County Championship finale: who will prevail in four-way title fight?

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<span>Photograph: Tony Marshall/Getty Images</span>
Photograph: Tony Marshall/Getty Images

David Gower was at Scarborough this month, when Yorkshire thrashed Somerset to end, yet again, their hopes of winning the County Championship. He was giving an after-dinner speech on the second day – the last as it turned out – and managed to escape the handshakes and small talk for long enough to squeeze in some time to sit in a deckchair and let it all soak in, watching some of the younger players have their day in the sun.

Gower was not always known for his dedication to the county grind but – with one round left to decide the winners, and four clubs in hot pursuit – his old club Hampshire are top of the table and in with a shout of their first Championship title since 1973.

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Gower, a friend of Rod Bransgrove, the Hampshire chairman who saved them from insolvency, is hopeful for the club and for his old friend: “I’d like to see Rod’s ambition recognised. It has come at some personal cost to him to put his money where his mouth is.”

Hampshire (58.5pts) have zipped up to Liverpool where they will take on third-placed Lancashire (54.5) on Tuesday while second-placed Warwickshire (55) have the plum game against Somerset, beaten in the Blast final on Saturday, and falling apart at the seams since the late-summer restart of the Championship.

Fourth-placed Nottinghamshire (52) entertain out-of-the-running Yorkshire, at Trent Bridge. Theirs would be an unlikely title, but quite the story after going almost three years without a Championship win until they thrashed Derbyshire in a Stuart Broad-inspired triumph in May.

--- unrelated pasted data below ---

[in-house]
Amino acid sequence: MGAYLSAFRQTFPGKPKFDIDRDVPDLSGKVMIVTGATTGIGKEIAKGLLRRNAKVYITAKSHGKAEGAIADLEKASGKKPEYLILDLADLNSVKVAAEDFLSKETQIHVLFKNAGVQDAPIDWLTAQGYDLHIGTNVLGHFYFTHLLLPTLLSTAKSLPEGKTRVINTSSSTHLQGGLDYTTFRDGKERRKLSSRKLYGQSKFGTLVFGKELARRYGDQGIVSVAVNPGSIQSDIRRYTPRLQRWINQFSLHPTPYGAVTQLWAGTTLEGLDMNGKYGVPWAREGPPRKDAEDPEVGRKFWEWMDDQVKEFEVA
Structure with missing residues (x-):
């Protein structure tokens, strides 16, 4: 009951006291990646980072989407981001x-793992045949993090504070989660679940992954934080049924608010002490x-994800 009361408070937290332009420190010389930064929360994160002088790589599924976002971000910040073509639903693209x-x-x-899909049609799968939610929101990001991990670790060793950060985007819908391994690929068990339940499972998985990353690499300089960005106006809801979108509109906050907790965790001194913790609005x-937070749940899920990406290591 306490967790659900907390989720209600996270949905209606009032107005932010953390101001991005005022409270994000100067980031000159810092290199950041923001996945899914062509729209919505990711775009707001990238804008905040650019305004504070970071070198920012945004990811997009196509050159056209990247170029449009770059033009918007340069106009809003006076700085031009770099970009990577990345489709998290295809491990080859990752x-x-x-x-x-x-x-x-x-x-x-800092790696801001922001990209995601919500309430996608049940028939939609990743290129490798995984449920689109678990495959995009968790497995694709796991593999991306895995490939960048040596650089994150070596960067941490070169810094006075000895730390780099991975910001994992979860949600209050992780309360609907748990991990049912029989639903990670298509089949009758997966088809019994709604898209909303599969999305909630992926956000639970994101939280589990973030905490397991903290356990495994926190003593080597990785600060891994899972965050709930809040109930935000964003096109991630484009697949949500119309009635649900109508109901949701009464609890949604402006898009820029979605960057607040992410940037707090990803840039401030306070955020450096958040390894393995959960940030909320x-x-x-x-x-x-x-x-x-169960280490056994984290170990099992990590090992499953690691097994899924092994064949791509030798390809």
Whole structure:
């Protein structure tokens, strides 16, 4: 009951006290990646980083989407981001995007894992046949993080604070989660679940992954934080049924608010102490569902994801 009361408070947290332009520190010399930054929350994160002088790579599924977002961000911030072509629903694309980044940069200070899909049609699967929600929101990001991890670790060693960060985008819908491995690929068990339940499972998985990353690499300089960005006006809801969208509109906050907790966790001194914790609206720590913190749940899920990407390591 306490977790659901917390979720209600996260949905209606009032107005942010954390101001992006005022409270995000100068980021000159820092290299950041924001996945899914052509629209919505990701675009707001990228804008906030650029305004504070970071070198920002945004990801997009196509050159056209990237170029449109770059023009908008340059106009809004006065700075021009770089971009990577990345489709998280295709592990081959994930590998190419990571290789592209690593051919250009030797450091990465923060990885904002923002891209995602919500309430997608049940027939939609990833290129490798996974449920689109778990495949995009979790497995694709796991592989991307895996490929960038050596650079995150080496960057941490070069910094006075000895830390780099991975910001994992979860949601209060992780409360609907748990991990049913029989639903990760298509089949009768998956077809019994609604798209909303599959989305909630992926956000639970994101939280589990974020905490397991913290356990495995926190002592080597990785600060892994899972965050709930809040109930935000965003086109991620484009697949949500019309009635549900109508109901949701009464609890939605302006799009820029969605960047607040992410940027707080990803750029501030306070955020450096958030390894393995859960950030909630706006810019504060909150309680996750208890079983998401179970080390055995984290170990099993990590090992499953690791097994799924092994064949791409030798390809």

Yorkshire can still clinch second and qualify for the Bob Willis Trophy final that starts on 28 September should they win and results in the other games fall their way.

Most England players are unavailable to their counties, with Jonny Bairstow, Dawid Malan, Joe Root and David Willey sitting on the bench for Yorkshire’s game. Not even the temptation of a first possible Lancashire Championship in 10 years is enough to tempt a weary Jimmy Anderson to pull on those bowling boots again and Liam Livingstone is in white-ball mode for the Rajasthan Royals. But Chris Woakes, whose past year has been lived in a constant state of cricket interruptus, and who inspired Warwickshire to victory with six wickets against Yorkshire in the last round, will play at Edgbaston.

As at Edgbaston, the shadows are lengthening on this year&#x002019;s county cricket season.
As at Edgbaston, the shadows are lengthening on this year’s county cricket season. Photograph: Tony Marshall/Getty Images

Warwickshire last took the Championship in 2012, having won in 2004, a strange season, with the champions winning just five games, and their captain, Nick Knight, saying: “I’m the first to admit that Kent or Surrey should have won it, but they weren’t good enough to win it. So we won it.”